When we use creativity as a main constraint for decision making, we often end-up with a series of disconnected, incoherent ideas. When we use promisingness as a main constraint for decision making, we are more likely to find creativity as an emergent quality of our work.
Some of the more powerful educational experiences are those that tap into our natural inclination for play. Lifelong learners are those who have learned, first and foremost, that learning can be playful.
Personifying idealized wisdom is a powerful way to make it easier to relate these ideas to our daily lives. Judging teachers by idealized standards of teaching, however, can be dangerous.
Operating from the empowerment model is powerful whether we work with teachers, parents, or even the students themselves (e.g. when encouraging meaningful project work). Sadly, many in the industry operate from the deficit model.
Reggio Emilia teachers appreciate the importance of being a reflective practitioner, drawing on Schön's research. This describes the metacognitive layer of teaching, where an awareness of their own biases helps them be a better teacher.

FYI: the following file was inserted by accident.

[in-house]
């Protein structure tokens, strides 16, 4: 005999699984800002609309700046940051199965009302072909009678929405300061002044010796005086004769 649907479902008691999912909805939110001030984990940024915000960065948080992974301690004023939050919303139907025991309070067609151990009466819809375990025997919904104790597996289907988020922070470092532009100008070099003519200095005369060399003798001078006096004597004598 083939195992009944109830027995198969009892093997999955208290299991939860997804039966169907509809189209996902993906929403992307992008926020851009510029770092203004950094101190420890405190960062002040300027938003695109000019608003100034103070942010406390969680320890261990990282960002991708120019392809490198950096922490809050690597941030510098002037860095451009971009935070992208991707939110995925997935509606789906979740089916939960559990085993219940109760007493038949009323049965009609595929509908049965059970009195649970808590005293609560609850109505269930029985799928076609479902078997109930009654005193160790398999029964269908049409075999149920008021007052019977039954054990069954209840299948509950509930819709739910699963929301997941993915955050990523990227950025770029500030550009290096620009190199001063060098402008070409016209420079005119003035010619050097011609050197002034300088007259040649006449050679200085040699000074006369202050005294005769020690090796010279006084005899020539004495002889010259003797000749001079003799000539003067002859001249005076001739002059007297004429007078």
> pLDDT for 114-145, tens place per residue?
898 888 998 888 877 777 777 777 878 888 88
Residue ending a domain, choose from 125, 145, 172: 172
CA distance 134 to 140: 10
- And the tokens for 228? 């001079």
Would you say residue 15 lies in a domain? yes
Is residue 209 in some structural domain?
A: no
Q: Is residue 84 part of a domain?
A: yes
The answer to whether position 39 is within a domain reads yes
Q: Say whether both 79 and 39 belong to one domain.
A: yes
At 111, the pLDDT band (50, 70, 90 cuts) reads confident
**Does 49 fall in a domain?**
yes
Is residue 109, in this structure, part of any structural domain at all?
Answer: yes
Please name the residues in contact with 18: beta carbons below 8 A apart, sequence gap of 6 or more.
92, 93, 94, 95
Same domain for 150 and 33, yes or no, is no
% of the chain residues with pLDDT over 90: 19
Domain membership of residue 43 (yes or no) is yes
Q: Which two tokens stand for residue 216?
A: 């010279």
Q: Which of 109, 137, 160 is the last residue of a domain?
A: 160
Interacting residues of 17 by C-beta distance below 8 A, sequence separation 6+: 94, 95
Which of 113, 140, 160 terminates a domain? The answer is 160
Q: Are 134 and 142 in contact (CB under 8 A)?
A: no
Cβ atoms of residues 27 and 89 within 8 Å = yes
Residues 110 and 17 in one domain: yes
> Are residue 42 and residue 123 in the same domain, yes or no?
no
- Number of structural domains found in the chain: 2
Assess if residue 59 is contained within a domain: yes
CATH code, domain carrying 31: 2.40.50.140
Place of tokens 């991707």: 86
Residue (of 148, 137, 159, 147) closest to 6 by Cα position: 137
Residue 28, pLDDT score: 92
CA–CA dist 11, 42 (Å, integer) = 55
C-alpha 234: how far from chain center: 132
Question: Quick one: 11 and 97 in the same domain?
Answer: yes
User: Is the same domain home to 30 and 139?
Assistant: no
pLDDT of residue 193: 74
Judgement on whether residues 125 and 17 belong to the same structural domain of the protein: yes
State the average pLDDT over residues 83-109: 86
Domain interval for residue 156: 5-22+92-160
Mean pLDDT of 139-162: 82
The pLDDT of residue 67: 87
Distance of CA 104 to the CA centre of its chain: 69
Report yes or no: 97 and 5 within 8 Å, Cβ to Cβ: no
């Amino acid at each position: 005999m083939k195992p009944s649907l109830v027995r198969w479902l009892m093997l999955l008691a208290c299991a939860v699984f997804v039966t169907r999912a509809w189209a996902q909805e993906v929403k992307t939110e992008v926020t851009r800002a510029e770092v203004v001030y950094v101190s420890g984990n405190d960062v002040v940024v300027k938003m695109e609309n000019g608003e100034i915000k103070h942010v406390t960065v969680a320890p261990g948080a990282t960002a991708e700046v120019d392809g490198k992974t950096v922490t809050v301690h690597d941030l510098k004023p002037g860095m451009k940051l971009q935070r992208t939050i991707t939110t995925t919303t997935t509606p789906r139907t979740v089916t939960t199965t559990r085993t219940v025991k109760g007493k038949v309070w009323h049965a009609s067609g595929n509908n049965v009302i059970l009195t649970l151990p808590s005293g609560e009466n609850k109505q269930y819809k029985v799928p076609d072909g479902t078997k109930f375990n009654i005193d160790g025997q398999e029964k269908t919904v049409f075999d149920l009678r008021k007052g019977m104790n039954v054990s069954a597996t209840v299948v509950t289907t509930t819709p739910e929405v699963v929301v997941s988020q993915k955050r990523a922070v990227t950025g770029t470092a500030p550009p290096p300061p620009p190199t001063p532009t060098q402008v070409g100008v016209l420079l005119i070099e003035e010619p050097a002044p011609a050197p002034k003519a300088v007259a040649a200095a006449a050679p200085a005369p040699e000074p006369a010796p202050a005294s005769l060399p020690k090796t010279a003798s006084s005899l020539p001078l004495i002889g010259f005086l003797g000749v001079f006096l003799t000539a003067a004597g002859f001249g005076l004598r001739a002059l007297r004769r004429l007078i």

The real world is not often as alien a landscape as the forest within which my brother and I were lost for over eight hours. But navigating the real world is often just as confusing and mysterious. Good teachers are a compass in that exploration.
Many discussions about project-based learning gloss over the fact that projects often become reduced to a set of unimaginative, banal activities. Copy, paste, print, glue. This does not make for meaningful exploration or learning.
Reggio Emilia teachers specify three different things they seek to achieve: 1) make visible the way they are a teacher; 2) make visible the languages and intelligences of the children; 3) make visible the relationships in school.
We must believe in children as active, engaged, and fundamentally curious about the world around them. When given the opportunity, they are capable of remaining with questions and themes for several weeks at a time, and are able to work alongside peers and adults.